There is a great tragedy now in the banal roll call of the fallen members of the armed forces. There is an even greater tragedy when that banality is offered to people who did not willingly sign-up to put their lives at risk for liberty. There is a blanket of banality that comes from a long line of attempts by politicians to make it look as though they are not doing what they are actually doing. The politicising of death is a depth not newly dug, but the banality attached to it, and the dissemination of it, certainly is. Churchill would never have ‘offered his condolences to the families’ of those who fell during the Second World War, neither would Lloyd George or Wellington; their condolences would have been taken as read. And they would have politicised death with much more stirring language.

Instead of the arresting oratory of such figures in times of sorrow, we now have a new level to double-speak – the ‘non-politicisation of tragedy’. The apparent non-politicisation of a tragedy is now not only something worth commenting on for its own sake, but the insinuated decency embedded into that calculated non-politicisation is entirely part of the last movement of the Orwellian symphony of political obfuscation – that politicians are ‘decent’, ‘working for us’, and ‘part of our society’, not infiltrators of our society from the halls of their Mothership; Westminster.

For the astute, it is difficult not to come to the conclusion that when a politician obfuscates in his responses to reasonable questions from journalists that they are guarding a wall behind which the real business of the political sphere goes on. And here there is the modern equivalent of cross-party unity. Nobody wants to give the game away, and that is not from a party-perspective, but is from a wider and deeper form of tribalism – the tribalism of the Holy See. Westminster may be filled with politicians who serve constituencies geographically outside of Parliament, but their loyalty is to the green leather of the central idea of a political class. And just like The Vatican, power crawls outwards, not from the Pope (just like prime ministers, they come and go) but from the self-perpetuating power that exudes from the religion of politics. And nothing will be allowed to pierce that bubble. Persona, the cardinals of Westminster have decided, is the greatest weapon against any attempts to do so, and Persona is created through the obfuscation and banality of language.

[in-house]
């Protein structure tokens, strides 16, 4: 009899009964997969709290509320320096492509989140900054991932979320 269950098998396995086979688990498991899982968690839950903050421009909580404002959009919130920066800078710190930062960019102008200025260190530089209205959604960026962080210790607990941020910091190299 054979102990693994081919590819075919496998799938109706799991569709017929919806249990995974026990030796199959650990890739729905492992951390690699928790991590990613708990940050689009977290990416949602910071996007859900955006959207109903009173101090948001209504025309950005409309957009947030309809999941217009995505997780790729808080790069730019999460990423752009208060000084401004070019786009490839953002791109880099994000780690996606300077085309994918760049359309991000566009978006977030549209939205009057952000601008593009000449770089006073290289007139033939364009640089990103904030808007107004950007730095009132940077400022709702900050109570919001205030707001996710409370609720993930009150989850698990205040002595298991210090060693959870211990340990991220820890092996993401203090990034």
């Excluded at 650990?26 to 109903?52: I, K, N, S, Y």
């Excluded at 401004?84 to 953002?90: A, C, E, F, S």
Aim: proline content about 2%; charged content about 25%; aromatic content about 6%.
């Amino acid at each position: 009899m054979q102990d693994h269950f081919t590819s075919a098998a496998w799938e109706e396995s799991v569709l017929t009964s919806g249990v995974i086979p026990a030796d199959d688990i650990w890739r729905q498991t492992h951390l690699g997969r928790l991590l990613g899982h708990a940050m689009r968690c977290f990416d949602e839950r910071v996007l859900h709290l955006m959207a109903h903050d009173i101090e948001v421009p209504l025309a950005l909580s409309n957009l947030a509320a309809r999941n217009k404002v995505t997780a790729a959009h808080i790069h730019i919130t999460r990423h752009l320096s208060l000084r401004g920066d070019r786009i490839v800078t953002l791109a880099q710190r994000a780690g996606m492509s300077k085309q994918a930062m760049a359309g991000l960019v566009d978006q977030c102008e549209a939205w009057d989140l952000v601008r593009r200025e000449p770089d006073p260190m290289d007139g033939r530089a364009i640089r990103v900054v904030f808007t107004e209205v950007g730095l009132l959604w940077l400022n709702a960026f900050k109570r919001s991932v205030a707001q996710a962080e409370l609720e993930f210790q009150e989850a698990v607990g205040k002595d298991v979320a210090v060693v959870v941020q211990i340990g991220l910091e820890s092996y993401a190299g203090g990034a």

The greatest threat to the sovereignty of this City State was the recent expenses scandal. Few politicians defended their immoral behaviour when it came to their expenses scams. Most did the decent thing and offered humble apologies. Decency, humbleness; feeble but effective cards, (played no more deftly than by David Laws, who even went so far as to explain that his own crookedness in financial matters was down to an exceptionally decent and humble insecurity over his homosexuality). The tribe of Westminster carries on much as before, just with a little more paperwork where expenses are concerned.

For a very long time anybody could become a member of this tribe. Man, woman, straight, gay, black, white, right, left: the only question asked at the gate is whether you can assimilate into the robes of office. In the past (and still in many cases) women needed to be either masculine or obviously subservient to male colleagues; ethnic politicians were forced to imitate the generations of Oxbridge imperialists who had occupied their offices before; working class politicians are adorned with garish robes of state. And now, the most important garb is the language of the political class. It is not right or left: it is Westminster.

The only thing that matters in public is that creation of an impression of decency. Compare the tributes to fallen service men and women given out in short sentences by the leaders of the parties with Prime Minister Cameron’s tribute to the late Labour MP for Middlesbrough, Stuart Bell, this October. Cameron said in his speech of Mr Bell, ‘Throughout his three decades in the House of Commons, he always stood up for those issues he cared most deeply about’. The fact that those ‘issues’ seemed to have not coincided with those of his constituents, but certainly did coincide with his own financial interests seems to have mattered very little. Cameron was using language to not only obfuscate the controversies that belittled Bell’s office, but he simultaneously publicly puffed up the image of Parliament as a whole, as a place filled with silent, dutiful public servants, the kind who will work tirelessly for the issues. Whatever they are.